SportPesa Drops Team Sponsorships in Response to Kenya’s Gambling Tax Increase
Posted on: January 3, 2018, 06:00h.
Last updated on: January 3, 2018, 04:57h.
Kenya’s leading betting site pulled sponsorship from the country’s sports teams after the government in Nairobi hiked gambling tax rates from 7.5 to 35 percent.
SportsPesa, which has operations in Kenya and the UK, had spent $5.8 million to sponsor soccer and rugby teams as well as pro boxing.
The company had vigorously fought the tax increase in court after it officials proposed it in June, but last week a high court appeals ruling predicated the decision to cut off financial support of athletics.
“Unfortunately, we lost the case and we regret this decision,” SportPesa CEO Ronald Karauri said. “We have no choice but to cancel all sponsorships.”
In addition to sponsoring Kenyan leagues and teams, SportPesa became the first African company to invest in the English Premier League, spending nearly $12.5 million as shirt sponsor for Everton FC.
Critical Support for Sports
Without money from shirt deals, some soccer clubs announced they would be cancelling their participation in this year’s Continental League matches, saying in statements they could not afford the travel expenditures without the sponsorship deal.
“Without the backing of SportPesa, the club will not be able to pay salaries,” AFC Leopards chairman Dan Mule said, pleading with the government to hold off implementation of the new tax plan until various stakeholders could convene an emergency meeting to address immediate impacts of such a pullout.
Ambrose Rachier, chairman of defending Continental League champion Gor Mahia, said losing SportPesa’s sponsorship would adversely affect his club, and has started private fundraising efforts to make up for the loss of nearly $970,000.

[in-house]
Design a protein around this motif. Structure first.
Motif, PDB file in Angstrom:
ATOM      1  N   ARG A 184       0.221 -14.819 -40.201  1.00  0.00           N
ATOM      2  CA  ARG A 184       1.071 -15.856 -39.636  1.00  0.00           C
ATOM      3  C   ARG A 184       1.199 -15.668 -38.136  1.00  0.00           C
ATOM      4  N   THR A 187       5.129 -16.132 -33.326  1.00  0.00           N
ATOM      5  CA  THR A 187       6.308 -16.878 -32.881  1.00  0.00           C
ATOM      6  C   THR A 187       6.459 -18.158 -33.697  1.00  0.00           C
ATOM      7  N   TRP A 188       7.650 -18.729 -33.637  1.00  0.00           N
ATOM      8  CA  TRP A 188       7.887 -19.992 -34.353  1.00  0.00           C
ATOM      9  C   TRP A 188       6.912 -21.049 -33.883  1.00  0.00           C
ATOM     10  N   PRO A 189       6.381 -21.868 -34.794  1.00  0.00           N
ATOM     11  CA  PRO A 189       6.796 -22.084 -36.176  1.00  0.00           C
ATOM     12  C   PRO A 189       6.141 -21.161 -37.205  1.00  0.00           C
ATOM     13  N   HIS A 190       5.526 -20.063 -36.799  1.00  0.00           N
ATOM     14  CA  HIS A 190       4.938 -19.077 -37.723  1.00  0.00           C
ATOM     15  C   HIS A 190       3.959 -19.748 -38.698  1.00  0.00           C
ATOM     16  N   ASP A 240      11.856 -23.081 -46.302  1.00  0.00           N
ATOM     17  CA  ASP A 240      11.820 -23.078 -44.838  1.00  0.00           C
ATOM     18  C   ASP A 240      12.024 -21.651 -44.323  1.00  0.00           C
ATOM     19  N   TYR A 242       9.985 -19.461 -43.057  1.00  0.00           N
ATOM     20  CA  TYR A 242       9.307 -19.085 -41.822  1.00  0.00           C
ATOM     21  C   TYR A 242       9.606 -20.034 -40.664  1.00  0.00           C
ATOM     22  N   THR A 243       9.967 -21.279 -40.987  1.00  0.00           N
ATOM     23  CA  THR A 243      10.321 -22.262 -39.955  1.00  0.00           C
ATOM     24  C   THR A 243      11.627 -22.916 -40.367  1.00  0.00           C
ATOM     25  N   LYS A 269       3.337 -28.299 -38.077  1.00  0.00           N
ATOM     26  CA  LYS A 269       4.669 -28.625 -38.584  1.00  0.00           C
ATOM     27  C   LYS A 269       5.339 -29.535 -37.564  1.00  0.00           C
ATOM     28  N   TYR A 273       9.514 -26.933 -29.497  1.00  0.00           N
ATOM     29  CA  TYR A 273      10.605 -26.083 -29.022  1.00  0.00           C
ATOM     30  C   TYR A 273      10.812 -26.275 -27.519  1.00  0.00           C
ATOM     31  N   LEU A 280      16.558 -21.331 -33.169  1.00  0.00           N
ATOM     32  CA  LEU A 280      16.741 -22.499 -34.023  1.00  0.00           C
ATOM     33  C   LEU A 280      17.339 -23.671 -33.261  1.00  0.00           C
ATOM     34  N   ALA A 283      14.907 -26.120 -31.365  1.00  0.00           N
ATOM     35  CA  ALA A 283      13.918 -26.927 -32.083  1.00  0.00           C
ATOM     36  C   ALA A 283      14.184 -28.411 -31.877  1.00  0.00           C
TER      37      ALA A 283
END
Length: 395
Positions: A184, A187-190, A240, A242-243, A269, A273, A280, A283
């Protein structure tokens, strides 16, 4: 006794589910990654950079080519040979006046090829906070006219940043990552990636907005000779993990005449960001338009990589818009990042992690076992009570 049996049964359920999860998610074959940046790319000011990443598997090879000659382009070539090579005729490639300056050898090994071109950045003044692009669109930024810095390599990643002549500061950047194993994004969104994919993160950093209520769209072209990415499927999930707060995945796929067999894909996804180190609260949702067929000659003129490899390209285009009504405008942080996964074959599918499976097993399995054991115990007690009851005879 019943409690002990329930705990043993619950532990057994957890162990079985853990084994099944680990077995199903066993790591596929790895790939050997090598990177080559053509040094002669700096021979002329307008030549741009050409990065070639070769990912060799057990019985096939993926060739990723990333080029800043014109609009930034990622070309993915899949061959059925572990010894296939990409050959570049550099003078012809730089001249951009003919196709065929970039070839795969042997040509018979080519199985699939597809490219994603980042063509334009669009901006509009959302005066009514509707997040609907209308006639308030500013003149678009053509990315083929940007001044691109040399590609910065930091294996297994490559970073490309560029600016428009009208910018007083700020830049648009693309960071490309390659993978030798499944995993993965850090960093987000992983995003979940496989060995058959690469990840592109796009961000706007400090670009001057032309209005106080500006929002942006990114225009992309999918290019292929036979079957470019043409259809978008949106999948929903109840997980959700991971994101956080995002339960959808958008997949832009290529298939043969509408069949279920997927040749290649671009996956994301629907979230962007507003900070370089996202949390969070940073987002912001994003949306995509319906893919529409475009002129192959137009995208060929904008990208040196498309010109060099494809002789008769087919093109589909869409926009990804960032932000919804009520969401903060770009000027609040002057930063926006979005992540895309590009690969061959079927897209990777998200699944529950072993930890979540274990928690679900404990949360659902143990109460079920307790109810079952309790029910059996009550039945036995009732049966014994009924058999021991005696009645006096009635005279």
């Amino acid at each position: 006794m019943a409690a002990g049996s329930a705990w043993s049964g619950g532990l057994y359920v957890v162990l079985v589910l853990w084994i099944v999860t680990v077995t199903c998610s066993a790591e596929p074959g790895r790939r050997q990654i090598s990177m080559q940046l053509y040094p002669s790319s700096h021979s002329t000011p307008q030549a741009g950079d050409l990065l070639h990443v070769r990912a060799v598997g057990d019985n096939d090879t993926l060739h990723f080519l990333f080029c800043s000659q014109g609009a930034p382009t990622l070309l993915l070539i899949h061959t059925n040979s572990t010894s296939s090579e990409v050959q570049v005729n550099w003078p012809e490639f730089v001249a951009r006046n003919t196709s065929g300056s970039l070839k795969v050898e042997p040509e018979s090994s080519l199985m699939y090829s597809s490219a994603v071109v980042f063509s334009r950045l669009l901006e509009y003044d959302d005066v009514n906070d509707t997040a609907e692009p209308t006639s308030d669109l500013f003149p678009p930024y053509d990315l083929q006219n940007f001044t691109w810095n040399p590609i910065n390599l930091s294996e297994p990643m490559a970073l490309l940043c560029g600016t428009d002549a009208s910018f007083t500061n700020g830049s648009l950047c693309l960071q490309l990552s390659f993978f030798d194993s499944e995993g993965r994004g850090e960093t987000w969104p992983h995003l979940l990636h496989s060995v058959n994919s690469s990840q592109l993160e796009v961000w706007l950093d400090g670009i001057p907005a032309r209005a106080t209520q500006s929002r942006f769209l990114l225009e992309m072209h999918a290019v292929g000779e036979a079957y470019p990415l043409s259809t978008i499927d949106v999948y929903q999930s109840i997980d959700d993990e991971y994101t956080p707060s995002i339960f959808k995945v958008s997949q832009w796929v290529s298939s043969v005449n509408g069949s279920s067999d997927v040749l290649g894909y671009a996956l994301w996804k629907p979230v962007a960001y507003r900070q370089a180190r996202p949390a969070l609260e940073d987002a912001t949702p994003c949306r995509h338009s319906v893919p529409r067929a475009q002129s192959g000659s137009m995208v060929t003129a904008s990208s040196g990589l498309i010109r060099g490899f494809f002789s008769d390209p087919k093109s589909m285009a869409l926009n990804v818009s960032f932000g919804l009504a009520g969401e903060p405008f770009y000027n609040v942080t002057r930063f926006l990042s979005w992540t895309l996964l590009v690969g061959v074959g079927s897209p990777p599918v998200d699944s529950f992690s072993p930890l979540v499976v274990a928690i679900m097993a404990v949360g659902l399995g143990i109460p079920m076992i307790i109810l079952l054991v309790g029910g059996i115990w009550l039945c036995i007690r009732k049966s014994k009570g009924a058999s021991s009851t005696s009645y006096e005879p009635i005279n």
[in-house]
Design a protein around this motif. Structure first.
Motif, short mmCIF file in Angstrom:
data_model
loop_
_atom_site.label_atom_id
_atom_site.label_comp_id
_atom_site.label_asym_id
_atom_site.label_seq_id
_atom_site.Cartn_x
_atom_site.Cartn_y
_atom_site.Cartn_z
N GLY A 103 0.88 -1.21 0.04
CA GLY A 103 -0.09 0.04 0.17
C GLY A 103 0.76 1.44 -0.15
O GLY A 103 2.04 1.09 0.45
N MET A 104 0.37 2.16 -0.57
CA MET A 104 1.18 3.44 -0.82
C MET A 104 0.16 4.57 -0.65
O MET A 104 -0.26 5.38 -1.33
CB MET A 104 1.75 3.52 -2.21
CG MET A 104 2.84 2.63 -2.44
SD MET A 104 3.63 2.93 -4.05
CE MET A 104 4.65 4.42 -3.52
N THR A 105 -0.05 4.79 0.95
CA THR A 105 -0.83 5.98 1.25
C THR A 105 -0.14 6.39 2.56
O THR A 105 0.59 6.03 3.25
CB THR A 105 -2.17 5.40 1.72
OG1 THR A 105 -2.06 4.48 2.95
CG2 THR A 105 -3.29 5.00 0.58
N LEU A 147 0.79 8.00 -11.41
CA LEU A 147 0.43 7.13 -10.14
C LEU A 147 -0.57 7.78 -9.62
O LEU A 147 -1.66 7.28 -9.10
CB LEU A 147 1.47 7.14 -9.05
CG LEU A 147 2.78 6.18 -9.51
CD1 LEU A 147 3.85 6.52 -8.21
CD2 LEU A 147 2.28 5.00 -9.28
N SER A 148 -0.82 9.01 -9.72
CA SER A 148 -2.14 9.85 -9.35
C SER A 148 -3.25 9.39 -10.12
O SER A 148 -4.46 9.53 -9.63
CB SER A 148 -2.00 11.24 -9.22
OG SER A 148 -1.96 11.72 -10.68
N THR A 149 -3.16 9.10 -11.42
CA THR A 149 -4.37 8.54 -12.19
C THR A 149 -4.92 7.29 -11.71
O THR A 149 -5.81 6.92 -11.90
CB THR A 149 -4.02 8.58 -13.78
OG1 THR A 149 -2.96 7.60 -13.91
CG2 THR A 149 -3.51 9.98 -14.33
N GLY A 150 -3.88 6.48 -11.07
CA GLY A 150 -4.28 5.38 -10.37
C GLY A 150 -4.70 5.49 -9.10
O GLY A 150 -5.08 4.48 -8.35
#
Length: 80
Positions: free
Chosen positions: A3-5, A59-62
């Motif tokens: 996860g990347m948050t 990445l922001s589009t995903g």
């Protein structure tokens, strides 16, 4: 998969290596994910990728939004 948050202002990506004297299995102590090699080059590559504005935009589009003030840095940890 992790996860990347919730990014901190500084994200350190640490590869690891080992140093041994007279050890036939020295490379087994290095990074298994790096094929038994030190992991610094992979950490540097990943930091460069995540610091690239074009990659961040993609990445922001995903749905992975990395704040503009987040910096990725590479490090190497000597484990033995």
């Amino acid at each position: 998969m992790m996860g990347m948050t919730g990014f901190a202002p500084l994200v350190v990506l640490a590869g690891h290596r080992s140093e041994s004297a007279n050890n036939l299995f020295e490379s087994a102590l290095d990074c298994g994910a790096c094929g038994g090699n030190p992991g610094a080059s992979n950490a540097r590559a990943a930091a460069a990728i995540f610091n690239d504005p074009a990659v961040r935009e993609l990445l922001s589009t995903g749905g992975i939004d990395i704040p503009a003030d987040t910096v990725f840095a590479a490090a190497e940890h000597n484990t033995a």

MPs Blast SportPesa
Initially, some members of Parliament called for a tax hike to 50 percent, but said they were willing to compromise at 35 percent. While betting company interests balked that some would just end up pushing the increase up each year, some MPs lashed out at the company, reminding them that Kenya’s gambling tax rate is one of the lowest in the world.
“The new tax on gambling is not punitive as some people would want to think,” MP Aden Duale said, pointing out rates as high as 75 to 90 percent in counties such as Denmark, Austria, and Germany.
MP Irungu Kang’ata said the amount was totally reasonable. “It is within the range of other ‘sin taxes’ like cigarettes and alcohol,” he told the Daily Nation. “In fact, gambling is not an economic activity that adds value to society.”
MP Hillary Kosgey attempted to remind SportPesa that these taxes would fund critical programs in the country they’re profiting from.
“They get money from Kenyans and it is only fair that the profits they make go into serving Kenyans in economic development,” he said. “We will not allow [SportPesa] to blackmail the government.”
Karauri said there are no plans for SportPesa to leave the country, but they are planning an appeal to Kenyan President Uhuru Kenyatta to rescind the rate or at the very least lower it.
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